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A 78-year-old previously healthy woman on no medical treatment suffered from bilateral leg oedema lasting more than 6 months. Although the patient had undergone close investigations at two other medical institutions, an exact reason was uncertain. She was prescribed loop diuretics under a tentative diagnosis of idiopathic lymphoedema. However, the treatment was ineffective, and she was referred to our hospital.
At the time of presentation, her vital signs were within normal range and did not suggest hypertension. She had no relevant medical history including abdominal surgery. Except for the bilateral non-pitting oedema (figure 1), physical examination did not reveal any remarkable findings. Results of investigations for cardiac, renal and thyroid function were normal. A contrast-enhanced CT did not reveal suprarenal artery stenosis. A venous and lymphatic duplex Doppler ultrasonography was not performed. Instead, considering an uncertain fasciitis, the patient was sent for MRI of lower extremities which showed diffuse oedematous changes in the subcutaneous tissue of the bilateral thigh and lower limbs (figure 1). Laboratory investigations revealed hypokalaemia (3.4 mEq/L), and we considered primary aldosteronism as an origin of the persistent leg oedema. Her aldosterone-to-renin ratio was 311 (plasma aldosterone concentration (PAC) 124.4 pg/mL; plasma renin activity (PRA) 0.4 ng/mL/h), and the patient was hospitalised for further examinations. Captopril challenge test revealed PAC to PRA ratio of 599.5 (119.9 pg/mL/0.2 ng/mL/h) at 60 min and 699.5 (139.9 pg/mL/0.2 ng/mL/h) at 90 min. Consequently, the patient was diagnosed with primary aldosteronism, although no adrenal gland tumour was detected by the abdominal CT. The patient was treated with 50 mg/day of spironolactone following which her leg oedema improved substantially (figure 1).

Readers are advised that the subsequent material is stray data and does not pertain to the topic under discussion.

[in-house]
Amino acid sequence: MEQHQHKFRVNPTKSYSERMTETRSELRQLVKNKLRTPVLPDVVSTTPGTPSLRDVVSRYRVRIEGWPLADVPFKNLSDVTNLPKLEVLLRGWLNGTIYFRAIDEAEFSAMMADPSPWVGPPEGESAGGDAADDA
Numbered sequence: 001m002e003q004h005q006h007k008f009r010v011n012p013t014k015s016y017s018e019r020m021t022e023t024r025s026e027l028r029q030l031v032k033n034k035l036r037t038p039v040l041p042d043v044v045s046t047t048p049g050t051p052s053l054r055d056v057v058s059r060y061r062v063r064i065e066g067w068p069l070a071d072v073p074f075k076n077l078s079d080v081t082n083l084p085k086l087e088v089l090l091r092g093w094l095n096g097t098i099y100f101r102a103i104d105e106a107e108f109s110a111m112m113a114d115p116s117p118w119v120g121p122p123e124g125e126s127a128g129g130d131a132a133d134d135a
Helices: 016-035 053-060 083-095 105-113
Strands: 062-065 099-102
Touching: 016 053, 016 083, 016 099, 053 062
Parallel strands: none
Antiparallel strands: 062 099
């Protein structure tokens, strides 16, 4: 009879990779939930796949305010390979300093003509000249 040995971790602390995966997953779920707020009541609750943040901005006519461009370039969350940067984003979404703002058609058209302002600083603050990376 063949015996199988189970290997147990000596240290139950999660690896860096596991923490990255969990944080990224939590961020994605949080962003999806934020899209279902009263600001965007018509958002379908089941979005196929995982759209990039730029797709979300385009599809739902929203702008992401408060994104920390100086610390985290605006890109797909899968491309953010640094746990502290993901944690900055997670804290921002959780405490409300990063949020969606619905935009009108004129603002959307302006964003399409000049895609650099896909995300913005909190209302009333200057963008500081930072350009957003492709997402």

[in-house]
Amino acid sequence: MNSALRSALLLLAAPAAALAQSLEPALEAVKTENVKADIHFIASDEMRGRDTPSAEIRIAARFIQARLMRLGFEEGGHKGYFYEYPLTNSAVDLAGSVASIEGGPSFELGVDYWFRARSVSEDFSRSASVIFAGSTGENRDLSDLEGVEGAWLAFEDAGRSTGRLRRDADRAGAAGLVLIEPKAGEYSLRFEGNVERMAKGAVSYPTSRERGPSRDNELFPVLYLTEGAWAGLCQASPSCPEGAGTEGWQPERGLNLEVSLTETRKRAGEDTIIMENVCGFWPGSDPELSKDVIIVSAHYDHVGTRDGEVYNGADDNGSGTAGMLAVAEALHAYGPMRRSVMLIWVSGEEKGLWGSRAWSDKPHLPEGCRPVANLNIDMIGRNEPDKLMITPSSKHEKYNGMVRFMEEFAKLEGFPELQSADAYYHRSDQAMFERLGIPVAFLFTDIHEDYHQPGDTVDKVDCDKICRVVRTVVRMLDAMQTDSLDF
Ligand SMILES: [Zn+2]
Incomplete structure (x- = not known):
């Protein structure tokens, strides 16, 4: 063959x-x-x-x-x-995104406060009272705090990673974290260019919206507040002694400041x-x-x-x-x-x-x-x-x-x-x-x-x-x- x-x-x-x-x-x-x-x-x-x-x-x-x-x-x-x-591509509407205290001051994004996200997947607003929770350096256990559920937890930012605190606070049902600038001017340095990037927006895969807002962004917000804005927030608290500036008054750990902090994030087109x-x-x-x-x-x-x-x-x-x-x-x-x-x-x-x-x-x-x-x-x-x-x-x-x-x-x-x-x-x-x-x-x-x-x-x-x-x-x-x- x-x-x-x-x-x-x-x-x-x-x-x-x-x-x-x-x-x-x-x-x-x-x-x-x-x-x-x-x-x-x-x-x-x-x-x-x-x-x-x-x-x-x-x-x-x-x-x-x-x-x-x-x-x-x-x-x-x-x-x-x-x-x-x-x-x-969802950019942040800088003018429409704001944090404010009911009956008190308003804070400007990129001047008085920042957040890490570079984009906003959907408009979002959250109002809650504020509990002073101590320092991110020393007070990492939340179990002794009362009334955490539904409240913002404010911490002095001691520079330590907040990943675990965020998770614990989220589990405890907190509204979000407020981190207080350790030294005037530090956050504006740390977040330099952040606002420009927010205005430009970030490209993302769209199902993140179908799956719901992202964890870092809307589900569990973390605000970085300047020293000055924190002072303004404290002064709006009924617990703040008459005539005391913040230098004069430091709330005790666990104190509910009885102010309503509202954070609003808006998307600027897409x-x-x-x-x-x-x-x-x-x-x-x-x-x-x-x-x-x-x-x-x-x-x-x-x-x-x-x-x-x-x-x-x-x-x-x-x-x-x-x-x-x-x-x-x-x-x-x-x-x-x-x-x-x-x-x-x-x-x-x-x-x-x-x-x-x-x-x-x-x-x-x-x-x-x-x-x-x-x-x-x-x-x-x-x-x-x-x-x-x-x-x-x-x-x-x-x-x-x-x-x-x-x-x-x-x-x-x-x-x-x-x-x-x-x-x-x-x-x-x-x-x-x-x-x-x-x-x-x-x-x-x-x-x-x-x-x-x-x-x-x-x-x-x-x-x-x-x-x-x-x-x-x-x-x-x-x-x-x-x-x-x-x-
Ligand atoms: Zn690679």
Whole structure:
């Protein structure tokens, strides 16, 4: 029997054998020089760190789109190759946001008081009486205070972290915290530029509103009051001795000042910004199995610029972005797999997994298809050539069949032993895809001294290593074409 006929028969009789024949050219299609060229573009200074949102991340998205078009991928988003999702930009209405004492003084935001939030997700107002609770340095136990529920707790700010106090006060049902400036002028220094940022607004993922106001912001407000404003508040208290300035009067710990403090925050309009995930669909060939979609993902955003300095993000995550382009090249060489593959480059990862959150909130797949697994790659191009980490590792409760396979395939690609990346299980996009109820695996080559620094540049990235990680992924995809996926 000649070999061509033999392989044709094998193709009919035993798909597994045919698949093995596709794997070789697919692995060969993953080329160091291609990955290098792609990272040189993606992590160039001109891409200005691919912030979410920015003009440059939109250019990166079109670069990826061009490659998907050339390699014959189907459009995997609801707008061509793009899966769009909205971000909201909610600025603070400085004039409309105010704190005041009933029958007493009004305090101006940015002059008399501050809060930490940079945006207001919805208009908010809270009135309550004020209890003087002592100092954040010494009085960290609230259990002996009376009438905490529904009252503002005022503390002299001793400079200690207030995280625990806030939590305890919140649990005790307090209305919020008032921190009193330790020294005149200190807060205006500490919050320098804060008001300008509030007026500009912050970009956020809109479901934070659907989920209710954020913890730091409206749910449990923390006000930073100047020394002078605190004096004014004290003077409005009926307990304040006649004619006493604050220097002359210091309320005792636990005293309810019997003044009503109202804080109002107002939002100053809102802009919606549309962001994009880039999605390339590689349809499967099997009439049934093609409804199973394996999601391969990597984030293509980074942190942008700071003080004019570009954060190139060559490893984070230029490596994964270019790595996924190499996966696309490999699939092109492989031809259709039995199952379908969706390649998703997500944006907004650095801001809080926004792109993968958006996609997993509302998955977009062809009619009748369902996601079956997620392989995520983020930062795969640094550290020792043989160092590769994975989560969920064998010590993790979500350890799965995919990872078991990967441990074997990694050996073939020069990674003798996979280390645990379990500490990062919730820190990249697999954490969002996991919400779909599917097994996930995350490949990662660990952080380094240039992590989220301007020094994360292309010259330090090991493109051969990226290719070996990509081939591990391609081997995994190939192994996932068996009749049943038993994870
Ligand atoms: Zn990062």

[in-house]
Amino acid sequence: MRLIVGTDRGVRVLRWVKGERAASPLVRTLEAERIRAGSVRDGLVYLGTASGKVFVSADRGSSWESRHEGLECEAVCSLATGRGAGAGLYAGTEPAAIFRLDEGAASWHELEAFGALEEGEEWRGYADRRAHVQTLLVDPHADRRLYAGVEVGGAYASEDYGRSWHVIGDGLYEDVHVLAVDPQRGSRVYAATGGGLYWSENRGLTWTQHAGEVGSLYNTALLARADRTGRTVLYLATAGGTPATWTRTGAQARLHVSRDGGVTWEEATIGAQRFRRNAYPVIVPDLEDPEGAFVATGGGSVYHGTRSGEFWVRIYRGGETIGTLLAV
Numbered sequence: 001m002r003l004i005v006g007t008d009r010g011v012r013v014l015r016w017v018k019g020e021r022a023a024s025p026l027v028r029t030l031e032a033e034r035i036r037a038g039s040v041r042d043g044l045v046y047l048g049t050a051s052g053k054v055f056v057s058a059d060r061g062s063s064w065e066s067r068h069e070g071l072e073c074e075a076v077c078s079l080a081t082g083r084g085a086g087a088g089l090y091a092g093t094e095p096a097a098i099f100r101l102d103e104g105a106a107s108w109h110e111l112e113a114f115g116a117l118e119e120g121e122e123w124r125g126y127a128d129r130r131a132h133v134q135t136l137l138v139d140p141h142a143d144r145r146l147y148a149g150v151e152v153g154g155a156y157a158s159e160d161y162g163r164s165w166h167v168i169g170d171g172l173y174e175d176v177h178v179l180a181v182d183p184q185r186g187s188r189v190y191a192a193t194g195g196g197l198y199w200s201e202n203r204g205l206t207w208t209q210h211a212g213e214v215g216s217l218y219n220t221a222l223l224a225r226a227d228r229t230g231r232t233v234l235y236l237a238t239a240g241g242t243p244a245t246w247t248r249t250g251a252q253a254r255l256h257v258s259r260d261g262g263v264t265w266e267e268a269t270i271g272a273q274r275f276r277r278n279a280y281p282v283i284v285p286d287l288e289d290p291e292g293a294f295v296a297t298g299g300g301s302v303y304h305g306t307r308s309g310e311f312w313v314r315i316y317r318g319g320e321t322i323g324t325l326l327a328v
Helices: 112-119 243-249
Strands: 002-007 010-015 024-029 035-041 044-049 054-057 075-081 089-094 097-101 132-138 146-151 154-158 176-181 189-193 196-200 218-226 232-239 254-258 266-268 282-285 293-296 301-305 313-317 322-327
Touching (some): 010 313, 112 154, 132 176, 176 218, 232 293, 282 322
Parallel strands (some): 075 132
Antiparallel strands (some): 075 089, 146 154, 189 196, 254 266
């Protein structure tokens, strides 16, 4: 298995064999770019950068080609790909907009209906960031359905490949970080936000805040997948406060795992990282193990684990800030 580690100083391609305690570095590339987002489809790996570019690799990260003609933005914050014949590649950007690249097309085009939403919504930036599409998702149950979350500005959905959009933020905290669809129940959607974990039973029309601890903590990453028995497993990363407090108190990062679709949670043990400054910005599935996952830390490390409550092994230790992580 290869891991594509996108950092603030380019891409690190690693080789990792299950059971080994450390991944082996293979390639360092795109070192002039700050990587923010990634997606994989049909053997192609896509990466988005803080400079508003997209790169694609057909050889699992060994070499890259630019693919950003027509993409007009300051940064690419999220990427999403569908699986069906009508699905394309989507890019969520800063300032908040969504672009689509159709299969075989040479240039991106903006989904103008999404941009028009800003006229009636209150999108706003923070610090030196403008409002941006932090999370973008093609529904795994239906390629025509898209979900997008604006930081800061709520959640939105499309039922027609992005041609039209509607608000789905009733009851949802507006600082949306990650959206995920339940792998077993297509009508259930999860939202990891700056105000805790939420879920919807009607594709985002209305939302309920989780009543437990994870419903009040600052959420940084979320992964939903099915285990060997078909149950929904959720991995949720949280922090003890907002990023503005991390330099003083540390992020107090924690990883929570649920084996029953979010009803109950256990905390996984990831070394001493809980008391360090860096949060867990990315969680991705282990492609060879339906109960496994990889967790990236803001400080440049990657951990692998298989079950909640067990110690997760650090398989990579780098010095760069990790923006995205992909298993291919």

Differential diagnosis of leg oedema is based on a wide range of underlying conditions; (1) systemically: failures of cardiac, liver or renal functions, malnutrition and hypothyroidism; (2) locally: pelvic tumours, skin and soft tissue infections, traumatic events, and venous thrombosis, and (3) medication: for example, calcium channel blockers. These varied but potential causes are generally distinguished based on their clinical course (acute or chronic), distribution (uni or bilateral) and correlating symptoms. Although the fluid-retaining nature of the disease, primary aldosteronism usually does not cause peripheral oedema, and thus, is not listed as a cause of leg oedema.
Our case suggested that primary aldosteronism may cause insistent leg oedema. In addition to the results of endocrinological examinations, the effectiveness of spironolactone (but not loop diuretics) in the improvement of persistent leg oedema strengthened the certainty of the diagnosis. The patient’s symptoms progressed silently without hypertension, leading to a delay in the appropriate diagnosis. A possible mechanism for the absence of oedema in primary aldosteronism may be due to a so-called mineralocorticoid escape, or atrial natriuretic peptide-induced natriuresis and diuresis. Briefly, activation of the ATP/UTP/P2Y2 receptor system at the level of the connecting tubules or collecting ducts increases the urine sodium concentration. This, in turn, prompts dysfunction of the epithelial sodium channel and as a consequence causes a reduction in sodium reabsorption.1 However, an association of leg oedema and the disease has been reported previously.2 Other studies have reported elevated PACs in patients with idiopathic oedema.3 Therefore, we consider that patients with primary aldosteronism possibly manifest oedema as the main presentation. It is very likely that patients with primary aldosteronism may be misdiagnosed as idiopathic oedema. Further studies to investigate a detailed pathophysiological mechanism of the phenomenon and epidemiological relevance of the disease in patients suffering from oedema with unknown origin are warranted.
The patient with persistent leg oedema was correctly diagnosed with primary aldosteronism and successfully treated with an aldosterone antagonist.
Primary aldosteronism can be an underlying disease in patients diagnosed with idiopathic oedema.
Patient consent for publication Not required.
Contributors TN, HH, and FN managed the patient and wrote the manuscript. KY supervised.
Funding The authors have not declared a specific grant for this research from any funding agency in the public, commercial or not-for-profit sectors.
Competing interests None declared.
Provenance and peer review Not commissioned; externally peer reviewed.
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